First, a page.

It’s considered an expectation that brands and businesses should have a social media presence, as a lack of online activity can be viewed as a sign of being behind the times.
But what about the other way around? What are businesses expecting from consumers – more specifically, what do recruiters look for from prospective employees?
Recruitment firm Randstad has observed some habits of UK professionals, and it’s quite easy that they can shoot themselves in the foot and inhibit their own progression if the content on their digital profiles isn’t up to scratch.
The study found that 80 per cent of employees in the tech sector tailor their CVs when applying for new roles, but 55 per cent leave their LinkedIn accounts untouched.
Despite the fact LinkedIn would fit under the bracket of tech, those working in the sector neglect the professional platform more than employees in other areas, with just 24 per cent and 20 per cent of those in legal and finance failing to personalise their profiles.
But while tech staff maybe slack with their approach to updating their profiles, their background also suggests they’re more savvy, according to the report. A lack of social media presence was a worry for 15 per cent of people and 11 per cent were concerned about a stale LinkedIn account.
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Ruth Jacobs, managing director of Randstad Technologies, said: “It is worrying that over half of professionals in the tech sector are not paying attention to their online persona, even though this information is more immediately available and accessible than ever before.
“Social media has become an important communication platform, and more employers now check these channels to review potential candidates for suitability and to obtain more information – particularly through LinkedIn.
“Candidates need to be aware that this is essentially an online CV. Unless you have the time to personalise your profile for each role, it is better to include less information than overcrowd it with too much, which may only serve to highlight your extraneous experience and skills. Too much information can be harmful if a potential employer decides it is not relevant.”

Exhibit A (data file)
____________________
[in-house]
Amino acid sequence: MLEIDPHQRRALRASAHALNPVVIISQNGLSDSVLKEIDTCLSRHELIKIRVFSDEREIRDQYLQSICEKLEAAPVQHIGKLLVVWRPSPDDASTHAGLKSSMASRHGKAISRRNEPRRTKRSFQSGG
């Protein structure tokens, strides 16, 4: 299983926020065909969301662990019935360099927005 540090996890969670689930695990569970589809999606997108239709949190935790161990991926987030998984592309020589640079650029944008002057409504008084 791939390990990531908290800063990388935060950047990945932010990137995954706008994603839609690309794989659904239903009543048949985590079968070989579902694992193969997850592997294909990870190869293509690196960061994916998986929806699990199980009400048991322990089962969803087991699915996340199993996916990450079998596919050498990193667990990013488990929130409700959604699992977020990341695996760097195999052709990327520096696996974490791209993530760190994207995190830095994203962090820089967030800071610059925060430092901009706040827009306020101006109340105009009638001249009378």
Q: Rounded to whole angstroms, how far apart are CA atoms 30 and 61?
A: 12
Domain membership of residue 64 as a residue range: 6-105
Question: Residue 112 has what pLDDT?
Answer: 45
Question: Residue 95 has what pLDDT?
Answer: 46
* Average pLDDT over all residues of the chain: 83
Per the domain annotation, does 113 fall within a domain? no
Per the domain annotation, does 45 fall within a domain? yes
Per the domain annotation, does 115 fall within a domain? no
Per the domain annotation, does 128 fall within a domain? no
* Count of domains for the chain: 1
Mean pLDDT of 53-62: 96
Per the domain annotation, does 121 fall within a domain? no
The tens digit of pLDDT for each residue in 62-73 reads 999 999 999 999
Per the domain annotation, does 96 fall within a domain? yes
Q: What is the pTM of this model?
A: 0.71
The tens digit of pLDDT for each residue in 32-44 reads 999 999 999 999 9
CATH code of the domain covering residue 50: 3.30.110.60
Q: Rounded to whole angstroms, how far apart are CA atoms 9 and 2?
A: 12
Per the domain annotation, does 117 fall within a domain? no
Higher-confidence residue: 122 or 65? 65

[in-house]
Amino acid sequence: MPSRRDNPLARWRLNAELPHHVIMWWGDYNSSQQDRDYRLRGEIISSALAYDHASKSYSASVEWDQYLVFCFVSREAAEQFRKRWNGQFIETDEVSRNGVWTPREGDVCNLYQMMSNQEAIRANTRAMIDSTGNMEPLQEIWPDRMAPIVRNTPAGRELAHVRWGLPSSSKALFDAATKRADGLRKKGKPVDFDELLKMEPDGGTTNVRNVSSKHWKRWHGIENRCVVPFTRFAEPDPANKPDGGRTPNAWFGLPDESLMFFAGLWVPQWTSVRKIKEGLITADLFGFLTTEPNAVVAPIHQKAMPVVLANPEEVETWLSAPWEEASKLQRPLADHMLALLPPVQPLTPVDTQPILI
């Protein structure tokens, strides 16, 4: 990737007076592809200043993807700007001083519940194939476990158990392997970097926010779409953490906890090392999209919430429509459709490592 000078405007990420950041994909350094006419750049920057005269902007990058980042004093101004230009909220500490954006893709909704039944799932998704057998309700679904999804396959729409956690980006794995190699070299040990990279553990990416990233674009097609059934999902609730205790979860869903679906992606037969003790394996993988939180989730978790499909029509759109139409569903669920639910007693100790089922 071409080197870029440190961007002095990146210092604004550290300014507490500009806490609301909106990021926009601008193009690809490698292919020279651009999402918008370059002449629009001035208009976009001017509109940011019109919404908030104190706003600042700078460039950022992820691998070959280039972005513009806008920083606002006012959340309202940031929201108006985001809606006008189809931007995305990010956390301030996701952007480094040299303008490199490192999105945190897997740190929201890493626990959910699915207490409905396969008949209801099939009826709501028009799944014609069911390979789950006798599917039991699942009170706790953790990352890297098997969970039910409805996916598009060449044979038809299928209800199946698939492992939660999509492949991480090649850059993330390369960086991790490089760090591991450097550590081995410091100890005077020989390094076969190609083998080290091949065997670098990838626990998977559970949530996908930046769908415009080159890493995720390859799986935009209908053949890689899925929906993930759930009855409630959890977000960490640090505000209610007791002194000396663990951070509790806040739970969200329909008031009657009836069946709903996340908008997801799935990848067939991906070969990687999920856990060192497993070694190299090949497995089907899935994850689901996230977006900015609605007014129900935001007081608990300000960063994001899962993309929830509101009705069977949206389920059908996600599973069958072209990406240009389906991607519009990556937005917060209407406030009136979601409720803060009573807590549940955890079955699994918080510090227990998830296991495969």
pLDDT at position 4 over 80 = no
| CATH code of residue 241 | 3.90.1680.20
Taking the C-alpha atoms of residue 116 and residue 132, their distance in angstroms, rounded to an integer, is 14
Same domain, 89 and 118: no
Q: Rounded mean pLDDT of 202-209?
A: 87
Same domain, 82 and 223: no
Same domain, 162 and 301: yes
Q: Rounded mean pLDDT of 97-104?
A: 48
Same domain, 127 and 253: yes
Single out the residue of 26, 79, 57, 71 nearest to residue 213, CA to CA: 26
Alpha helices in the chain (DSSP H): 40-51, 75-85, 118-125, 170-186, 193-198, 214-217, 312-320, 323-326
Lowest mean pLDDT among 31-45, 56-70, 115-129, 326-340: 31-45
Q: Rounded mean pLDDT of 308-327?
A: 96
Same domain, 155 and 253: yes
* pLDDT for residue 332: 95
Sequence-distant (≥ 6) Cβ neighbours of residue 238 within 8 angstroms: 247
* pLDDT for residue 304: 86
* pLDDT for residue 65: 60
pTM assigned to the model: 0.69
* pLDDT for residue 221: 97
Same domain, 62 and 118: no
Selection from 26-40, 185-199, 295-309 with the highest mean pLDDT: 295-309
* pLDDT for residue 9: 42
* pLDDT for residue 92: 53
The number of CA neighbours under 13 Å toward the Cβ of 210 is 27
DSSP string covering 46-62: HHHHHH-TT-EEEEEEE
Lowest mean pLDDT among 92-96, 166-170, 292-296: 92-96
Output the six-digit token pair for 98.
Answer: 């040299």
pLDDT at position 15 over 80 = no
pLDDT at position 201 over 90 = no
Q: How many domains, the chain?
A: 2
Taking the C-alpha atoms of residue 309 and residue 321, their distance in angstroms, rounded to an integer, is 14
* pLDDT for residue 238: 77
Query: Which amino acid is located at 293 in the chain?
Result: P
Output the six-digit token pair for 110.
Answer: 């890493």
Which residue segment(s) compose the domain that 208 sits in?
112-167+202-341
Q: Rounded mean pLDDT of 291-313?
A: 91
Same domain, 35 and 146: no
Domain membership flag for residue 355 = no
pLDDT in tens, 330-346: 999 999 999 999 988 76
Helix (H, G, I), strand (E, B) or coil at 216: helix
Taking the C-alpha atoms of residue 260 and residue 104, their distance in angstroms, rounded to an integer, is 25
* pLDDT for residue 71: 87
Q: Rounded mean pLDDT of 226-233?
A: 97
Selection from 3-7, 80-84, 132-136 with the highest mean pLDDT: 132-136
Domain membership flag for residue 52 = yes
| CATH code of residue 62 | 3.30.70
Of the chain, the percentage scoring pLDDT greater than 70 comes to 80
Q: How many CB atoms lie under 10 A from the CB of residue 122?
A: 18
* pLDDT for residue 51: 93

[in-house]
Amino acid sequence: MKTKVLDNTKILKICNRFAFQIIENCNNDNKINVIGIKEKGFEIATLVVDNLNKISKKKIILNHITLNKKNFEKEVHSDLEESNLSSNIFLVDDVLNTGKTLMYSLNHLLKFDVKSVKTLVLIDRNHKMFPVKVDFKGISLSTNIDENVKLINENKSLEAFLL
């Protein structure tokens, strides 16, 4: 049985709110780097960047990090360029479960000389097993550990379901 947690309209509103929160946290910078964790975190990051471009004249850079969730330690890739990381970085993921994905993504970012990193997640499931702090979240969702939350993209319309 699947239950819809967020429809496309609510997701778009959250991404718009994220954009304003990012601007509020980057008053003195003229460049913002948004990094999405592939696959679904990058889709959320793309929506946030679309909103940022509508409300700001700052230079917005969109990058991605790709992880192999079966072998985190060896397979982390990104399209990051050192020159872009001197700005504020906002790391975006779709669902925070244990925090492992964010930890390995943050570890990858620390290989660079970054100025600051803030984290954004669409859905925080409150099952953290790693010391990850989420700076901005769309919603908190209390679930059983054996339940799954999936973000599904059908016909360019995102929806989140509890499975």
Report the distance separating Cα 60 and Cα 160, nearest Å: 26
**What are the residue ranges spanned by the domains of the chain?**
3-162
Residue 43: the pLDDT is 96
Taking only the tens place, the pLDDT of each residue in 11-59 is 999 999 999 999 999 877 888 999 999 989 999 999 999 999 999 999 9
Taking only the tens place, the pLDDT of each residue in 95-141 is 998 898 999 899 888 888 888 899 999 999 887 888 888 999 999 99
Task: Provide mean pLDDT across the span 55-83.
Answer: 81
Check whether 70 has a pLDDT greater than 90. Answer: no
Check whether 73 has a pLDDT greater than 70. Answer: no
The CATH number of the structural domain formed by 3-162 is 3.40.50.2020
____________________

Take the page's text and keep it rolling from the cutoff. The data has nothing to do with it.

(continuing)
Factoring other social media channels into the equation, the study found 65 per cent of tech employees aren’t concerned about future employers looking at their social media accounts.
However, 25 per cent admitted they were worried about social media blunders – perhaps they saw what happened to Krispy Kreme’s Facebook campaign – with 32 per cent citing offensive posts as errors and 29 per cent worried about “inappropriate pictures”.
Additionally, 26 per cent of tech workers said bad grammar and spelling was likely to be another strike against an application.
Professionals in the tech space would be more likely to use Facebook to research a candidate, with 39 per cent choosing the social network, compared to 32 per cent for LinkedIn, both of which were ahead of a Google or Twitter search. When viewed against other sectors though, tech workers were more likely to use LinkedIn to spy on recruits than finance and legal staff, the results found.
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Jacobs added: “The dangers of having inappropriate photos or posts on social media are well-known – whether these impart the wrong impression or cause damage to reputation.
“As well as taking care of their physical impression, prospective candidates now also have to take care of their online persona. However, having no social media presence is not a solution either. Especially now that online technology has become so intertwined with business it is important for candidates to show employers that they keep up with these advances, are aware and know how to use them – as their jobs might potentially involve these.”
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